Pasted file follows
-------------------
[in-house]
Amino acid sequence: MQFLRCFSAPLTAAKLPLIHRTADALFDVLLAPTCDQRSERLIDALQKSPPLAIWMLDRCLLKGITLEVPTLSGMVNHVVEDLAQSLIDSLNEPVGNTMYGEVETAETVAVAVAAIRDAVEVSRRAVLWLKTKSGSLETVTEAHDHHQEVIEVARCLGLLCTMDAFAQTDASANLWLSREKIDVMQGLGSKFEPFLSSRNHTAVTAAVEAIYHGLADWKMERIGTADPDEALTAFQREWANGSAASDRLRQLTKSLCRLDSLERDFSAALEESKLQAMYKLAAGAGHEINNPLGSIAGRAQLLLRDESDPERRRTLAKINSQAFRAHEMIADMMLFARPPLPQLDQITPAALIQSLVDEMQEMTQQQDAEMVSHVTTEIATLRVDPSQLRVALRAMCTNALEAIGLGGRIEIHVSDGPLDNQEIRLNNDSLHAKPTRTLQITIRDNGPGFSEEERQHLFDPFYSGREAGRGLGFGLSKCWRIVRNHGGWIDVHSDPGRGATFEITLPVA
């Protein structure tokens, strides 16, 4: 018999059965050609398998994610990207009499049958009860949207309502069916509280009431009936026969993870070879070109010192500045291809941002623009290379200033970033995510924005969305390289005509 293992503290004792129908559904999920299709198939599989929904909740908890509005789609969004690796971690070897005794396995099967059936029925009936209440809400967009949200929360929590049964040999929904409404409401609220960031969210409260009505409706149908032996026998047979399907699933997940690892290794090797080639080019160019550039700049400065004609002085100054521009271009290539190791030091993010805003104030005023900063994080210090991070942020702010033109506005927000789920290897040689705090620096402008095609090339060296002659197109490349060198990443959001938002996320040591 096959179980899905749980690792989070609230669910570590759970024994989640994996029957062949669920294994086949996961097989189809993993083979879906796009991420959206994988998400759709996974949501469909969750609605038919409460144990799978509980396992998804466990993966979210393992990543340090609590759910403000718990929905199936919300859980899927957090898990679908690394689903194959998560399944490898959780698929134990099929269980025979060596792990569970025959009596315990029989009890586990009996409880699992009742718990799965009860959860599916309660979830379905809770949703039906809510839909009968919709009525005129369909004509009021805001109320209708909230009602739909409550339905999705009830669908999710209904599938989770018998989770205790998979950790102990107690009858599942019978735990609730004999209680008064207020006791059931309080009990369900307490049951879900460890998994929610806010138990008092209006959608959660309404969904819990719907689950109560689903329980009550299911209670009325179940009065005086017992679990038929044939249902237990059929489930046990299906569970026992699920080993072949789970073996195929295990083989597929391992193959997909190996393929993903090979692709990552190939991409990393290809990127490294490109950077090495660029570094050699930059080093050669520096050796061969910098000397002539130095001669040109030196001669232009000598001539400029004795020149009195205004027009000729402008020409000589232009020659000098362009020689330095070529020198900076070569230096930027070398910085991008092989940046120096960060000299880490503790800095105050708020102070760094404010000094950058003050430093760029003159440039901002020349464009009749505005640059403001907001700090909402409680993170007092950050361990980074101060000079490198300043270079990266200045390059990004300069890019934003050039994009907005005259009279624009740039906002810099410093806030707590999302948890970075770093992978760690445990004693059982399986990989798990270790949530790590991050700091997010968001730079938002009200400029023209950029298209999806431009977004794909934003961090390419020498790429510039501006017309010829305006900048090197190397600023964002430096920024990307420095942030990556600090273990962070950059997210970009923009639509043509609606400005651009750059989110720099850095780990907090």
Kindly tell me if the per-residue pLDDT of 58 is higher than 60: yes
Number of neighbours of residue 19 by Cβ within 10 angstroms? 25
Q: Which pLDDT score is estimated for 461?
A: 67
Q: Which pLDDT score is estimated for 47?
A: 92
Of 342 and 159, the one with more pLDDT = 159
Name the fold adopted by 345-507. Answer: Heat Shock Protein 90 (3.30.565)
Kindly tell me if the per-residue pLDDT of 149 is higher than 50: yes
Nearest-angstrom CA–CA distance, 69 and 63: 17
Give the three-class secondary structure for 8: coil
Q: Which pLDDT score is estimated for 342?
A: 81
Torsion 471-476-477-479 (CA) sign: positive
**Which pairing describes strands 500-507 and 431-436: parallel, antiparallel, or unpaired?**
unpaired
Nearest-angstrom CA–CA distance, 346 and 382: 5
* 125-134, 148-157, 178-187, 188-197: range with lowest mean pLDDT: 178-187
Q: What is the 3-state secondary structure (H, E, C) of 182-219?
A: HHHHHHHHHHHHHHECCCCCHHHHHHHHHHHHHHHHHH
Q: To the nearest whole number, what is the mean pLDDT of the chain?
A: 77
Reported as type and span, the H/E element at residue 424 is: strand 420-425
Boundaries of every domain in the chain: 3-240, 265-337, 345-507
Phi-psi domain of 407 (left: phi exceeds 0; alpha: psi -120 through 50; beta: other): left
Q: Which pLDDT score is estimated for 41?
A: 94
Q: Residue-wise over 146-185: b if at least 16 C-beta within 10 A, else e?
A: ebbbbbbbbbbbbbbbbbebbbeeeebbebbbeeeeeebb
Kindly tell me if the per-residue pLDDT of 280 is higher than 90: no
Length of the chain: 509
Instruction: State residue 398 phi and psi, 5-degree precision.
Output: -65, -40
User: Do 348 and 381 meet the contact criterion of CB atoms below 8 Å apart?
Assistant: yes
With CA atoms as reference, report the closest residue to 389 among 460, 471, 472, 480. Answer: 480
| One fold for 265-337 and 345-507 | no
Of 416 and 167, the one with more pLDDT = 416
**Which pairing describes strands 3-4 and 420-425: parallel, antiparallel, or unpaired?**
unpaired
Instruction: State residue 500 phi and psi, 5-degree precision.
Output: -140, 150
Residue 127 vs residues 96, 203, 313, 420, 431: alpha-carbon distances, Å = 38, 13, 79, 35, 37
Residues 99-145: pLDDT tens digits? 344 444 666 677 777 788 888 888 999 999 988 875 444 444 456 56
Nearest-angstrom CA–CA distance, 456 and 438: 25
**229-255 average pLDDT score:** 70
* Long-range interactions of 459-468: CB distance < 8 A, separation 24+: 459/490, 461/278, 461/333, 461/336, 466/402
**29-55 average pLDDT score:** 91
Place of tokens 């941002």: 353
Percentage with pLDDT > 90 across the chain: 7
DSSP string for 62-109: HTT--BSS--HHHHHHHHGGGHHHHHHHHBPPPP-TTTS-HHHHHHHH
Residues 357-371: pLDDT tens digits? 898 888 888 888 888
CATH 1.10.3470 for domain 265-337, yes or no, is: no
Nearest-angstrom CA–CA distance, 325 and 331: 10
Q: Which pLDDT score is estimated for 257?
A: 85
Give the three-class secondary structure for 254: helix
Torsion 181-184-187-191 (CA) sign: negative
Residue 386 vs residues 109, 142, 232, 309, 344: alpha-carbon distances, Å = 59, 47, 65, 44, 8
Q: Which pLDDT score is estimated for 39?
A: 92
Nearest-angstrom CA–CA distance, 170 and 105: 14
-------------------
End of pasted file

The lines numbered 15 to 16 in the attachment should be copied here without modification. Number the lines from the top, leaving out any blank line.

Q: Which pLDDT score is estimated for 342?
A: 81